PROFESSOR Stephen Hawking was too ill to attend a public symposium to celebrate his 70th birthday today.

But was able to keep up with the event entitled 'The State of the Universe' as it was broadcast live on the internet.

Cambridge University's Professor Hawking was due to give a speech looking back on his life but a tweet from the university explained: "Prof Hawking not well enough to attend today but is watching the live stream. Happy birthday Prof and get well soon!"

Earlier this week it emerged his speech, using an infrared sensor mounted on his cheek and voice technology, has slowed down dramatically recently while advisors try to persuade him to switch to newer technology.

The symposium held in Cambridge today had Twitter filled with debate using the hashtag #Hawking70 as world-renowned physicists gave speeches.

Ahead of the event, members of the scientific community paid tribute to Professor Hawking.

Given only two years to live when he was diagnosed with a form of Motor Neurone Disease in 1963, Professor Hawking has defied medical expectations to become one of the most brilliant theoretical physicists since Einstein.

Currently director of research at the Department of Applied Mathematics and Theoretical Physics at the university, where he also founded the Centre for Theoretical Cosmology, he previously (1979 - 2009) held the Lucasian Professorship of Mathematics at Cambridge, a post once held by Newton.

The author of A Brief History of Time, which was an international bestseller, his other books for the general reader include A Briefer History of Time, the essay collection Black Holes and Baby Universes, and The Universe in a Nutshell.

Professor Hawking has more than a dozen honorary degrees and was awarded the CBE in 1982. He is a fellow of the Royal Society and a Member of the US National Academy of Science.

Justin Rattner, chief technology officer, Intel Corporation, which has organised the symposium alongside the university's centre for theoretical cosmology, will introduce Stephen Hawking's speech on Sunday. He said: "With more than half a century of remarkable research Professor Hawking has continually pushed the boundaries of humankind's understanding of the cosmos.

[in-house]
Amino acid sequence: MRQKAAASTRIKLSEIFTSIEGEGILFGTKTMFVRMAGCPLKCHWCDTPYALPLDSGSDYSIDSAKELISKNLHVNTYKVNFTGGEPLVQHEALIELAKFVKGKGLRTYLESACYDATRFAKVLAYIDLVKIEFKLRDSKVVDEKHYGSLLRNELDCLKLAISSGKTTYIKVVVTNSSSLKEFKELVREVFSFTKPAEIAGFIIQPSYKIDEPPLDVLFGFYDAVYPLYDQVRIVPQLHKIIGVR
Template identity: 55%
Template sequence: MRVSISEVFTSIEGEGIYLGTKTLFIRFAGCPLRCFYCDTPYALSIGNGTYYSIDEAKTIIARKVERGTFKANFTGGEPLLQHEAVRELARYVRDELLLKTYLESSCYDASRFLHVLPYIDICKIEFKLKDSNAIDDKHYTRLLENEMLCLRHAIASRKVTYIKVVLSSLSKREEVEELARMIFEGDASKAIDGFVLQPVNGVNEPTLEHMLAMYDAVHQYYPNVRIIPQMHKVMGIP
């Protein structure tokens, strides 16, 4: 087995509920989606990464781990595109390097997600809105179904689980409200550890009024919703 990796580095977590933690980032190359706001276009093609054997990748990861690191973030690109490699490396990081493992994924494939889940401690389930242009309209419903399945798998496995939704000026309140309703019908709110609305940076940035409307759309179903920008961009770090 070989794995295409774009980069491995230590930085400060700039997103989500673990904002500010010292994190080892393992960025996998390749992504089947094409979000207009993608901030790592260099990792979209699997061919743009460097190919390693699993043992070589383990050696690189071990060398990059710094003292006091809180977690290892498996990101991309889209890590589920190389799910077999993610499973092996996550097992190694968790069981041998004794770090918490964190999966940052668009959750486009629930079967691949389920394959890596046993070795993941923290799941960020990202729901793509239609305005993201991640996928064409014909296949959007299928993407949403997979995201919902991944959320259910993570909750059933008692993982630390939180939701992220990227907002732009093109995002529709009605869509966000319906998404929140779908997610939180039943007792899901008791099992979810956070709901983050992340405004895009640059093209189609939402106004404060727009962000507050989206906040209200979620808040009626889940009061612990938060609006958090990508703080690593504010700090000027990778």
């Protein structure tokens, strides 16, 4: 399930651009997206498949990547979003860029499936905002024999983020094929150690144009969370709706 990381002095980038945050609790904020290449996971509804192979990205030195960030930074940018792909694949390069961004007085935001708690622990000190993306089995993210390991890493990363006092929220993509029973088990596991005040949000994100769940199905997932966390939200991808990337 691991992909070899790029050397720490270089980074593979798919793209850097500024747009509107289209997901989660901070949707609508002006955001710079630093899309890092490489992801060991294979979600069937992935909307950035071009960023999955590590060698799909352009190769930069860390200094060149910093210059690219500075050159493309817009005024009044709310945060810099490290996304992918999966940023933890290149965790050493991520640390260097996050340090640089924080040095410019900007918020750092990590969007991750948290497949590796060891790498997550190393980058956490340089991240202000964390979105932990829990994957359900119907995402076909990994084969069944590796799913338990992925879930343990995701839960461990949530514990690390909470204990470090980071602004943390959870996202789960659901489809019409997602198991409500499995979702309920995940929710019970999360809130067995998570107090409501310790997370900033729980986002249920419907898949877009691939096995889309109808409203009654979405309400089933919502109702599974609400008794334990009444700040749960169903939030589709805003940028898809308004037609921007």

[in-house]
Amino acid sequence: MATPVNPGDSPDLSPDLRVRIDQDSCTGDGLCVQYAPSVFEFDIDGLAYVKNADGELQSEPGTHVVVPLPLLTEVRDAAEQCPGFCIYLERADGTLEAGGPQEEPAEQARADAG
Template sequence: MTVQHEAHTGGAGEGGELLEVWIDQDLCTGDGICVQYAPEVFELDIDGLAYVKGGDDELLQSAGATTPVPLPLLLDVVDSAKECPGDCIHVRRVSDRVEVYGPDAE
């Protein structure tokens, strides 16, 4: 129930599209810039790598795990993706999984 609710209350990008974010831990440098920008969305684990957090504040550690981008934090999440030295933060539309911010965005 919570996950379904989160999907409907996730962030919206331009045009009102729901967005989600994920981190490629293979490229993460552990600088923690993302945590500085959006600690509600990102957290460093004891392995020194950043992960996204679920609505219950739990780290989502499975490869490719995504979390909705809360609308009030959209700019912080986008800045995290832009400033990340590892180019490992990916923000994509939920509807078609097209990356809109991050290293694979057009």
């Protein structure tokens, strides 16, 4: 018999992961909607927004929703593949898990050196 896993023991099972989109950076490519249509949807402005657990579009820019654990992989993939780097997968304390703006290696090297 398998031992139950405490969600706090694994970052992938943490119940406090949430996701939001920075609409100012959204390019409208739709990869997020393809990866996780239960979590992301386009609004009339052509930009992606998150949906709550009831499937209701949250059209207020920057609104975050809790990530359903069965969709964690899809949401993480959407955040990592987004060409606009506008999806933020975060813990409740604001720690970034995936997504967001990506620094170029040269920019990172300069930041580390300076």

"More than any other scientist in recent history, his ability to engage people in the process of scientific discovery through his books, lectures, and television programs has opened countless inquisitive minds to a Universe full of possibilities. Thank you, Stephen, and the best of wishes on your 70th Birthday!"

Lord Rees, the Astronomer Royal, said: "It is wonderful that we are celebrating Stephen's 70th birthday. It's a chance to thank him for the many insights he's given us about the universe, and for all he's done to present scientific ideas to a wide public - and above all for the inspiration he's offered to millions by achieving so much, against all the odds."

Professor Kip Thorne, the acclaimed American theoretical physicist and long-standing collaborator with Stephen Hawking, said: "When Stephen lost the use of his hands and could no longer manipulate equations on paper, he compensated by training himself to manipulate complex shapes and topologies in his mind at great speed. That ability has enabled him to see the solutions to deep physics problems that nobody else could solve, and that he probably would not have been able to solve, himself, without his newfound skill."

Professor Sir Leszek Borysiewicz, Vice-Chancellor of the University of Cambridge, said: "I am proud that the world's best-known scientist is a Cambridge colleague."

Other speakers at the event included the Astronomer Royal Lord (Martin) Rees, Professor Saul Perlmutter (University of California, Berkeley, 2011 Nobel Prize in Physics), and one of the world's leading theoretical physicists, Professor Kip Thorne (California Institute of Technology).